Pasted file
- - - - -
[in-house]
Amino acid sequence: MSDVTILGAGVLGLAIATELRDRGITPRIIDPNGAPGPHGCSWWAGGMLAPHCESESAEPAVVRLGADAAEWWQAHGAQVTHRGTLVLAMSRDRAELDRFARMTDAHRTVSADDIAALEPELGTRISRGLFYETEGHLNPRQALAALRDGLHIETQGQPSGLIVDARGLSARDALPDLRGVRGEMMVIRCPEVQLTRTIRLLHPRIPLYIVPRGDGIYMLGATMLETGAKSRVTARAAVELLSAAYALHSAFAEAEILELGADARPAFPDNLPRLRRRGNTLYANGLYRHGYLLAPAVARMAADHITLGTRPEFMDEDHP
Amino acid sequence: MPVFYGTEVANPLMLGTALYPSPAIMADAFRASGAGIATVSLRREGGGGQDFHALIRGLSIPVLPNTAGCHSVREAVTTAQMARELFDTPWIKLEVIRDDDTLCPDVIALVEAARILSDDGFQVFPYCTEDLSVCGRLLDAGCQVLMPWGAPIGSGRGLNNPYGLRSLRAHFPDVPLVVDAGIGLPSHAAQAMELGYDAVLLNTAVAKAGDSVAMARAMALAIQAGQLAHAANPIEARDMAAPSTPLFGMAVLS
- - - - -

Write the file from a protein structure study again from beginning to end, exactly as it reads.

[in-house]
Amino acid sequence: MSDVTILGAGVLGLAIATELRDRGITPRIIDPNGAPGPHGCSWWAGGMLAPHCESESAEPAVVRLGADAAEWWQAHGAQVTHRGTLVLAMSRDRAELDRFARMTDAHRTVSADDIAALEPELGTRISRGLFYETEGHLNPRQALAALRDGLHIETQGQPSGLIVDARGLSARDALPDLRGVRGEMMVIRCPEVQLTRTIRLLHPRIPLYIVPRGDGIYMLGATMLETGAKSRVTARAAVELLSAAYALHSAFAEAEILELGADARPAFPDNLPRLRRRGNTLYANGLYRHGYLLAPAVARMAADHITLGTRPEFMDEDHP
Amino acid sequence: MPVFYGTEVANPLMLGTALYPSPAIMADAFRASGAGIATVSLRREGGGGQDFHALIRGLSIPVLPNTAGCHSVREAVTTAQMARELFDTPWIKLEVIRDDDTLCPDVIALVEAARILSDDGFQVFPYCTEDLSVCGRLLDAGCQVLMPWGAPIGSGRGLNNPYGLRSLRAHFPDVPLVVDAGIGLPSHAAQAMELGYDAVLLNTAVAKAGDSVAMARAMALAIQAGQLAHAANPIEARDMAAPSTPLFGMAVLS